Article

A Cognitive-Behavioral Model of Anxiety in Social Phobia

Authors:
To read the full-text of this research, you can request a copy directly from the authors.

Abstract

The current paper presents a model of the experience of anxiety in social/evaluative situations in people with social phobia. The model describes the manner in which people with social phobia perceive and process information related to potential evaluation and the way in which these processes differ between people high and low in social anxiety. It is argued that distortions and biases in the processing of social/evaluative information lead to heightened anxiety in social situations and, in turn, help to maintain social phobia. Potential etiological factors as well as treatment implications are also discussed.

No full-text available

Request Full-text Paper PDF

To read the full-text of this research,
you can request a copy directly from the authors.

... Such attention bias may be particularly harmful. It can lead to the generation, maintenance and deterioration of social anxiety (Koster et al., 2004;Rapee & Heimberg, 1997). In addition, according to the cognitive-behavioral model of social anxiety, this pattern of attention bias seriously affects HSA individuals' inner emotional experience, social function and physiological level (Rapee & Heimberg, 1997). ...
... It can lead to the generation, maintenance and deterioration of social anxiety (Koster et al., 2004;Rapee & Heimberg, 1997). In addition, according to the cognitive-behavioral model of social anxiety, this pattern of attention bias seriously affects HSA individuals' inner emotional experience, social function and physiological level (Rapee & Heimberg, 1997). For example, the study of Gupta et al. (2019) has suggested that attention bias towards threatening stimuli in HSA individuals is a potentially important mechanism for maintaining early maladaptive emotional characteristics, leading to a high risk of clinical social anxiety disorders later in life. ...
... Our reduced P100 amplitudes for dynamic angry-neutral face pairs might be due to due to the fact that AMP group individuals' inhibition for early visual processing of threatening stimuli. Cognitive-behavioral model of social anxiety suggested that HSA individuals had an attention bias towards threatening stimuli at the early stage of emotional processing (Rapee & Heimberg, 1997). Based on previous literature (Helfinstein et al., 2008;Li et al., 2017), we could argued that ABM improved HSA individuals' early visual emotional processing, resulting in these individuals' inhibition for dynamic angry-neutral face pairs. ...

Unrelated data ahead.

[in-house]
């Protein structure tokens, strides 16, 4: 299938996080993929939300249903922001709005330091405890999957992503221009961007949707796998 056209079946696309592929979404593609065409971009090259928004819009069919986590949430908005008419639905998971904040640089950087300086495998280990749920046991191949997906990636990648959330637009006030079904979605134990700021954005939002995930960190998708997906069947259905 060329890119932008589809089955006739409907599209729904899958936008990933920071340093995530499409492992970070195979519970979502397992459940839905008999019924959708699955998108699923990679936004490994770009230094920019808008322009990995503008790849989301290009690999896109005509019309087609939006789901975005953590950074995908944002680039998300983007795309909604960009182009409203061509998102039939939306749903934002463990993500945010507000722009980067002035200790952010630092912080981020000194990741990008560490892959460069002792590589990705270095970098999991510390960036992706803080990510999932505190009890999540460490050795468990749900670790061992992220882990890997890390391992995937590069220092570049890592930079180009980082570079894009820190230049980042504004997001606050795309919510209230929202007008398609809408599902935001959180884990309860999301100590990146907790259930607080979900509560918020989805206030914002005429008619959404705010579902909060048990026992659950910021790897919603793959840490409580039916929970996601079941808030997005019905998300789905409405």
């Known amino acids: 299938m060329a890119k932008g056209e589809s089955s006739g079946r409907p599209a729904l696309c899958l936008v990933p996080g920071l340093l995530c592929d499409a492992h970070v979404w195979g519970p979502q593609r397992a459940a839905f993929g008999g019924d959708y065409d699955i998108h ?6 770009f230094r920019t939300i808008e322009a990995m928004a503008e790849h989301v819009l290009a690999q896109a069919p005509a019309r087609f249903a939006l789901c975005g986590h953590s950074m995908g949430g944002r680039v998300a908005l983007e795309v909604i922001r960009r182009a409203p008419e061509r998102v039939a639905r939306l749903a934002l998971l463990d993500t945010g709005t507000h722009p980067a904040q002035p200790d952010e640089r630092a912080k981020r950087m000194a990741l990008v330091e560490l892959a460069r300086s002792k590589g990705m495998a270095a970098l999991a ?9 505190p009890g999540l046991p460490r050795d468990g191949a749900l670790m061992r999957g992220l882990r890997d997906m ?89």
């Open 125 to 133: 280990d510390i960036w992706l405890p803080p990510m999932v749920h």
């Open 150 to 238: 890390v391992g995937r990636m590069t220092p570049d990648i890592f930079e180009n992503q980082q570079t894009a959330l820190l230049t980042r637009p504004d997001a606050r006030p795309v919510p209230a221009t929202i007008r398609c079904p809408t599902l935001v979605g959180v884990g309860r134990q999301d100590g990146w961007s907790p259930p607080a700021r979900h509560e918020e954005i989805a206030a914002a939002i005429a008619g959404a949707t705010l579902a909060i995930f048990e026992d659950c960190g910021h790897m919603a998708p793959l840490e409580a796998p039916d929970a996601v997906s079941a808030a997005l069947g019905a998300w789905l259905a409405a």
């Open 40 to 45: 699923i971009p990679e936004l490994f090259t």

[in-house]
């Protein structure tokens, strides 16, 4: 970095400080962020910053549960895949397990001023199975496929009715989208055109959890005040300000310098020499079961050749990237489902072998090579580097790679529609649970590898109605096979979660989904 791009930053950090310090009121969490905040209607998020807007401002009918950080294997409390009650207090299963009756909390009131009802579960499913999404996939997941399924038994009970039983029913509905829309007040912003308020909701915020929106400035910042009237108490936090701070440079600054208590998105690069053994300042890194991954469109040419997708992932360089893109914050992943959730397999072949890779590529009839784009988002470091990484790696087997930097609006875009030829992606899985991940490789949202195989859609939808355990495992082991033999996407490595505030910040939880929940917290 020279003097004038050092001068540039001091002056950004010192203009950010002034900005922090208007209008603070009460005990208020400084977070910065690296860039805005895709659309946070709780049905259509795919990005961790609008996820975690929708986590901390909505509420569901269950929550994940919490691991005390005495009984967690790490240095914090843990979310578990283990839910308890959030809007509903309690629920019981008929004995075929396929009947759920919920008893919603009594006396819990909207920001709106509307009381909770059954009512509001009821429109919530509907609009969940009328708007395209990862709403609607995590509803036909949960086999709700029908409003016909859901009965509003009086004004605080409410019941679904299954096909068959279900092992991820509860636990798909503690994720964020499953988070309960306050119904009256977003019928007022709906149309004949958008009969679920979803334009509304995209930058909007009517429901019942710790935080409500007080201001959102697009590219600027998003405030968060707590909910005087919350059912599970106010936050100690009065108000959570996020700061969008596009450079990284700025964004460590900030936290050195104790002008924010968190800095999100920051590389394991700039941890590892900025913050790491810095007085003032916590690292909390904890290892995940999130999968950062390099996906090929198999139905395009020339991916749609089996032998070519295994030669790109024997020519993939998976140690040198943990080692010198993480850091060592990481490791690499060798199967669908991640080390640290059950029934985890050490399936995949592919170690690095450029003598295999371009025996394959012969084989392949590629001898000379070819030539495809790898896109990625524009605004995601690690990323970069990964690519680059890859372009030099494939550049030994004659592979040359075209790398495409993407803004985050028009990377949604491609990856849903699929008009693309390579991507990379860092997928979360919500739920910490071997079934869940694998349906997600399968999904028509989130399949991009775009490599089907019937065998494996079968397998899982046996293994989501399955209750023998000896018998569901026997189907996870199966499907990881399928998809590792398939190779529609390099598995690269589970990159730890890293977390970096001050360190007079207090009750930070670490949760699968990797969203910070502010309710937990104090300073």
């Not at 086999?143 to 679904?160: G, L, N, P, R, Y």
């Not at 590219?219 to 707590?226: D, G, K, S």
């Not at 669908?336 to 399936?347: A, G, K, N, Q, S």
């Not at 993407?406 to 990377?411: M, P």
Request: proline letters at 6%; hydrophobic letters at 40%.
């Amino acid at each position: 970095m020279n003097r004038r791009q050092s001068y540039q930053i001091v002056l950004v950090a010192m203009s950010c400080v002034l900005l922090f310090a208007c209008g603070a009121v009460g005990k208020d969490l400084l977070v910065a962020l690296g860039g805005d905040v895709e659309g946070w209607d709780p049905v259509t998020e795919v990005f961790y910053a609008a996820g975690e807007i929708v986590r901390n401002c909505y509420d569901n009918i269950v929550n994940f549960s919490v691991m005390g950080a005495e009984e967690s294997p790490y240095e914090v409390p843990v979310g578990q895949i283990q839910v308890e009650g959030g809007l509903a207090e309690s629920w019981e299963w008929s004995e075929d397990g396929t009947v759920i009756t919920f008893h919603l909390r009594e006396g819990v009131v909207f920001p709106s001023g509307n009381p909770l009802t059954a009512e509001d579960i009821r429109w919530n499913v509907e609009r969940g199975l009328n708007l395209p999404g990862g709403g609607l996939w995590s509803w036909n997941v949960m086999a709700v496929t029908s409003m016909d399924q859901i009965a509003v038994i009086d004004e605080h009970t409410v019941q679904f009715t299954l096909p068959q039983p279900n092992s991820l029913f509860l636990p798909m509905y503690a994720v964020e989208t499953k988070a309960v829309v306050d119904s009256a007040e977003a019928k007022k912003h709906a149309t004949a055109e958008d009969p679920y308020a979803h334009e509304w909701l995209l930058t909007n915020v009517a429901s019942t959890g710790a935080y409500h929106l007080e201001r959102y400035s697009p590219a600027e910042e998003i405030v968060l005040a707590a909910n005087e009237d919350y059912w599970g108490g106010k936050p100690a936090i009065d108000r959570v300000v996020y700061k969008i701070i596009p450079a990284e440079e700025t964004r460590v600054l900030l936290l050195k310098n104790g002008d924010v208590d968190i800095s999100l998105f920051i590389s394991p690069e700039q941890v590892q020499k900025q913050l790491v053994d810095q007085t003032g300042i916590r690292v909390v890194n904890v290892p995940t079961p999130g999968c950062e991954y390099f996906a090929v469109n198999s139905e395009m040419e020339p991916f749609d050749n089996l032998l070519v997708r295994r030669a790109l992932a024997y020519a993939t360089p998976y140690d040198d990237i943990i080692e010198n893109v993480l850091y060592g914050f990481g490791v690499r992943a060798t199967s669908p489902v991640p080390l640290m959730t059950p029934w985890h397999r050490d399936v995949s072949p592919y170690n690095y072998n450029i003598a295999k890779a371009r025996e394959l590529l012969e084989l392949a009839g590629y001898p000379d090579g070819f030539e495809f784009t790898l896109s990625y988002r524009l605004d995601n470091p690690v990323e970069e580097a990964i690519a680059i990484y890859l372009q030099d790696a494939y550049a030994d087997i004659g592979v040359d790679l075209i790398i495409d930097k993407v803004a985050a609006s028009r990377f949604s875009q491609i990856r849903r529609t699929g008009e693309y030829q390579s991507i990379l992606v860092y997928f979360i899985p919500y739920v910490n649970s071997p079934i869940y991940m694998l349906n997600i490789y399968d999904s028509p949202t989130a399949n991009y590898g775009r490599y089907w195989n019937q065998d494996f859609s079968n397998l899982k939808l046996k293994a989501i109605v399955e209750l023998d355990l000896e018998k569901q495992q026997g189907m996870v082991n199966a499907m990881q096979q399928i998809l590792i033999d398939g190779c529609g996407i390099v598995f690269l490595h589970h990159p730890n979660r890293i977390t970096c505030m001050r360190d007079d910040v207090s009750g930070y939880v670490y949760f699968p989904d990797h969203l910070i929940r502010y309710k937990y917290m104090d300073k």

Article
Full-text available
Attention bias modification (ABM) is an intervention technique that reduces attention bias towards negative stimuli and improves anxiety symptoms. We examined the effect of attention bias modification towards dynamic-angry faces on various indices potentially related to social anxiety. Forty-eight participants with high social anxiety (HSA) were randomly divided into the attention modification program (AMP, n = 24) and attention control condition (ACC, n = 24). They were assessed by behavioral and event-related potential (ERP) methods in pre- and post-test. For results, ABM reduced social anxiety symptoms, changed the mean amplitudes of P100. Besides, we observed a significant correlation between the behavioral and ERP training effect. In sum, this study could provide evidence of the ABM effect of dynamic-angry face processing in HSA individuals.
... The detrimental consequence of this fear is a development of cognitive bias that others will recognize imperfections in an individual's appearance or behavior. Such bias may stimulate heightened social anxiety leading to social avoidance of perceived negative interactions (Carter et al., 2012;Rapee & Heimberg, 1997;Weeks et al., 2010). Individuals with elevated fear of positive evaluation tend to feel more apprehensively self-conscious and socially incomparable to others (Weeks et al., 2008). ...
... Despite extensive evidence for significant psychosocial dysfunction and biased social cognition in mood disorders (Caouette & Guyer, 2016;Schulz et al., 2008), fears of positive and negative evaluation were not examined in the context of these disorders. Instead, previous studies mostly focused on understanding the fear of positive evaluation (Fergus et al., 2009;Fredrick & Luebbe, 2020), and negative evaluation (Rapee & Heimberg, 1997;Rodebaugh et al., 2004) in the context of social anxiety disorders (SAD). Considering that fear of evaluation may be related to other mental illnesses (Downey & Feldman, 1996) and that fear of social rejection is a risk factor for developing depression (Kumar et al., 2017;Slavich et al., 2010), it is critically important to examine the relationship between mood disorders and the fear of evaluation. ...